The Third Universal Promise

You will ensure your strategies, systems and processes facilitate focus and execution.

Selecting the strategies, systems and processes that serve your vision best is a leadership function. Execution of the systems is a management function involving the entire team, including you, the dentist.

Strategies are designed to fit your destination. Strategies, systems and processes efficiently channel actions into results. The ongoing results create feedback for refining your focus, systems and processes. This promise of leadership is about keeping the team (and yourself) focused on execution and minimizing distractions.

Focus Versus Distractions

Practice owners are flooded with messages that distract them. The entire dental industry targets them with promotions for things, services, and behaviors. They are told many versions of what they should buy and should do in order to succeed. Other distractions come in the form of emotions and self-doubt that become barriers to living out their dreams. Those “should” messages, emotions and self-doubt serve as continuous distractions from everything that is important.

Leaders sometimes break the third universal promise of leadership by:

  • Not providing or managing their critical resources.
  • Allowing distractions that diminish their focus or lead to inaction.
  • Ineffective or inadequate processes.
  • Becoming addicted to the process rather than results.

Here are two examples:

  • One of those distracting messages leads you to buy the latest and greatest technology. It uses up your capital resources, and you then hesitate to purchase the fundamental instruments, equipment and materials that your organization needs to perform at its best. If you were to live this all over again, you would have made a different decision. If you are clear that your strategies and budget are designed to get you to your destination, you can discipline yourself to refrain from such impulse purchases in the future.
  • You read an article or talk to a colleague who is trying the latest hottest strategy for practice building. It is in conflict with everything that you have said that you believe in and hope for. You wonder if you are doing the right thing. Your doubt leads to team confusion and disillusion. This is getting you nowhere. Now you find you have to go back and clarify your vision, mission and values to reset your strategies, systems and processes as aligned steppingstones to your destination. With determination and hope, you can and will refocus and get back on track!

Keep Hope Alive

Breaking promises is exhausting and energy stealing. It builds resentment and degrades hope.

Our organizational brand and our effectiveness as a leader are about the promises that we make and keeping them. I firmly believe the first and last task of a leader is to keep hope alive…the hope that we are finding our way to a better place. That place is the destination we call our vision!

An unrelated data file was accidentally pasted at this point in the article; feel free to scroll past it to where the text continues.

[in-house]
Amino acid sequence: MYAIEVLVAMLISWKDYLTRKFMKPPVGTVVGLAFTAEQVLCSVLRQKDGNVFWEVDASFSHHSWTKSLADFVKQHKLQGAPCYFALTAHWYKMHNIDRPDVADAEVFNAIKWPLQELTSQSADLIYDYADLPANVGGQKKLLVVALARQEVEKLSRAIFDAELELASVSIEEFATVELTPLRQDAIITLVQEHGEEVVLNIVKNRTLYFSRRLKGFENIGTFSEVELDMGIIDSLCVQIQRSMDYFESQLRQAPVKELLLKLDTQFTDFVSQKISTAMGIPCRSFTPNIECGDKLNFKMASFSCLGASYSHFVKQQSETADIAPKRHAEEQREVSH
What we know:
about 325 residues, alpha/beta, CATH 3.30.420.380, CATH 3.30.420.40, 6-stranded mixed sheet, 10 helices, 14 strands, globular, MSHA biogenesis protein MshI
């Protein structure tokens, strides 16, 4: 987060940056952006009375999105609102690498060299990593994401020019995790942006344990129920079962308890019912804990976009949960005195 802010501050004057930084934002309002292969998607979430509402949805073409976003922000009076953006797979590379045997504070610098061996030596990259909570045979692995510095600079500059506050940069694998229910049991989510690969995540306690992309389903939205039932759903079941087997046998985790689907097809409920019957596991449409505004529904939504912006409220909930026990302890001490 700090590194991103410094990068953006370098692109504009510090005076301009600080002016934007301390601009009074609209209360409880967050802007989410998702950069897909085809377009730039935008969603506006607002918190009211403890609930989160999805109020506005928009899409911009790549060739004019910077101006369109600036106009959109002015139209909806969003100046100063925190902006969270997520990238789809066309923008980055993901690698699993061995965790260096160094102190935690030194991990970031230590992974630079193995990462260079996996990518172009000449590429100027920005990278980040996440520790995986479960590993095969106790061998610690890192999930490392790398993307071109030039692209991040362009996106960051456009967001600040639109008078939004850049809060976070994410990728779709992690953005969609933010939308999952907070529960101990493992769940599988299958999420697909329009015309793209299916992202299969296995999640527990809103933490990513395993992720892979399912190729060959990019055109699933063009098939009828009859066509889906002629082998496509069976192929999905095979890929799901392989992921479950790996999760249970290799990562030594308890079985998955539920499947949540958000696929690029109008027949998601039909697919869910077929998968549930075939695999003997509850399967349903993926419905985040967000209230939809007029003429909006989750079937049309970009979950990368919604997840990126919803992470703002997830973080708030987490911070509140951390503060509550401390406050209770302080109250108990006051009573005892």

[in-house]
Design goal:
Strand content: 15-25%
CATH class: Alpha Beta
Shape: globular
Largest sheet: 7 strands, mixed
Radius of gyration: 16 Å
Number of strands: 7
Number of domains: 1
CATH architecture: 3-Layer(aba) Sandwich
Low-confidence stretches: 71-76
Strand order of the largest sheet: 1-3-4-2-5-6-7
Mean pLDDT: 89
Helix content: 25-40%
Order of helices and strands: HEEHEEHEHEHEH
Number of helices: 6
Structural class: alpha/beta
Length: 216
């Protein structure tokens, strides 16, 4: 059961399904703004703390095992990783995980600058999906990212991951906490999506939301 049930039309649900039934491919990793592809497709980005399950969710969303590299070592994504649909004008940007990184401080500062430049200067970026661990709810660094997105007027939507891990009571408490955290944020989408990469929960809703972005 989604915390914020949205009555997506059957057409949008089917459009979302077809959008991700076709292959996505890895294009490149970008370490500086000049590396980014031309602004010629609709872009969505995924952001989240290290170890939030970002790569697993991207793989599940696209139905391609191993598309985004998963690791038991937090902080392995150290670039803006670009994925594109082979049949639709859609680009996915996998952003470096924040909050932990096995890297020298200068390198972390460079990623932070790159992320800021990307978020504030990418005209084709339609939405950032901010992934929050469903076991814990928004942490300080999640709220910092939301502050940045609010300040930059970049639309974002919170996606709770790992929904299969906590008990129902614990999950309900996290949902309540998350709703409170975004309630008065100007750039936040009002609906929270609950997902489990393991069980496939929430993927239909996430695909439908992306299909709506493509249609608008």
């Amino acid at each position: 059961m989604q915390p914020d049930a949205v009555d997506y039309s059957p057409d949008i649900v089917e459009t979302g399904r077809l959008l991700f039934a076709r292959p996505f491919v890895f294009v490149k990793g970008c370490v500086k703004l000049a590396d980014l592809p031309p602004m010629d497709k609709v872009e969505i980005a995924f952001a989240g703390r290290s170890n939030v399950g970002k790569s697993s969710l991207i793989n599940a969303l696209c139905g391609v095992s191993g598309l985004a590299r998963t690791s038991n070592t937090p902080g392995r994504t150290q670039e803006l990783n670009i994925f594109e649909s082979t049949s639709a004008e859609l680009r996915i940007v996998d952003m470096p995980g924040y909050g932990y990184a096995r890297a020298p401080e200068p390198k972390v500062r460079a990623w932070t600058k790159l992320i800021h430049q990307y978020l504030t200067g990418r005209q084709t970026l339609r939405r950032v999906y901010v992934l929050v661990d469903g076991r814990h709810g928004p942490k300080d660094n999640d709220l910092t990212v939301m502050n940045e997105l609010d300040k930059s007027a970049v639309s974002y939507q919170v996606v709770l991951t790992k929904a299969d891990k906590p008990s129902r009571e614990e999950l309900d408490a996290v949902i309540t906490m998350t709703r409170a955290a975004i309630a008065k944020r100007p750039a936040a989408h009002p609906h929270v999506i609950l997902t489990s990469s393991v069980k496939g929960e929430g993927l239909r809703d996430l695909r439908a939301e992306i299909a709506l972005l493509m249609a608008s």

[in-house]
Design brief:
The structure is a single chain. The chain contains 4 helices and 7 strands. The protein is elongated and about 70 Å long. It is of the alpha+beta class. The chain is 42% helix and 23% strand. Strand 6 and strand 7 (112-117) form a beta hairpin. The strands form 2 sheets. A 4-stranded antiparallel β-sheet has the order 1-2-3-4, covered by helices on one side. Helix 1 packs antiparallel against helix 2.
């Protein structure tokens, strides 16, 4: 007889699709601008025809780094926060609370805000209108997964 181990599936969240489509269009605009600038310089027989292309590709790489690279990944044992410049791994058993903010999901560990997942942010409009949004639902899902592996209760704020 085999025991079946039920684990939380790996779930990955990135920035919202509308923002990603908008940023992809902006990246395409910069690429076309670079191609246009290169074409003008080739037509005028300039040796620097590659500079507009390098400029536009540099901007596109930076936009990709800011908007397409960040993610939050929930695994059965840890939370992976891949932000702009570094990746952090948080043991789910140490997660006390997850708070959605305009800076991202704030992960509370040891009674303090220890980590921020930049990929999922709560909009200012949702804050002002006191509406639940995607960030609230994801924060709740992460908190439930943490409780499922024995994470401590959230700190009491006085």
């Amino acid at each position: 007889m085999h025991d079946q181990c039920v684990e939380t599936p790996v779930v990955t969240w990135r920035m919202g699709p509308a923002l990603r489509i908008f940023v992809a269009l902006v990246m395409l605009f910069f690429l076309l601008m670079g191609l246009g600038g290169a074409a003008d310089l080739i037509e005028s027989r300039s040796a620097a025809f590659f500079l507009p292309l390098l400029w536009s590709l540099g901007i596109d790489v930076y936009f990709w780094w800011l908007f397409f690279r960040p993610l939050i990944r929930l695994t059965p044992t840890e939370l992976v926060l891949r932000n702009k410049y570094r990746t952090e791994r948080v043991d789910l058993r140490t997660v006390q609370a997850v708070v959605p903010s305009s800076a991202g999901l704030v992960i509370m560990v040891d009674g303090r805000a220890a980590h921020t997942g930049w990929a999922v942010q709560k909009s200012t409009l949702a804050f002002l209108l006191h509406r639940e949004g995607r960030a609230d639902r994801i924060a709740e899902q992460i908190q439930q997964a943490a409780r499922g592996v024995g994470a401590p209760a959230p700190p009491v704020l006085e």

Until next week and Part 5

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Edwin "Mac" McDonald DDS

Dr. Edwin A. McDonald III received his Bachelor of Science degree in Chemistry and Economics from Midwestern State University. He earned his DDS degree from the University of Texas Dental Branch at Houston. Dr. McDonald has completed extensive training in dental implant dentistry through the University of Florida Center for Implant Dentistry. He has also completed extensive aesthetic dentistry training through various programs including the Seattle Institute, The Pankey Institute and Spear Education. Mac is a general dentist in Plano Texas. His practice is focused on esthetic and restorative dentistry. He is a visiting faculty member at the Pankey Institute. Mac also lectures at meetings around the country and has been very active with both the Dallas County Dental Association and the Texas Dental Association. Currently, he is a student in the Naveen Jindal School of Business at the University of Texas at Dallas pursuing a graduate certificate in Executive and Professional Coaching. With Dr. Joel Small, he is co-founder of Line of Sight Coaching, dedicated to helping healthcare professionals develop leadership and coaching skills that improve the effectiveness, morale and productivity of their teams.

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The Four Universal Promises of Leadership – Part 3

July 9, 2020 Edwin "Mac" McDonald DDS

In previous parts of this series we looked at leadership, the self-commitment it requires, and the first of four universal promises of leadership. The first was the promise to set a clear direction and create meaningful work for the organization you lead.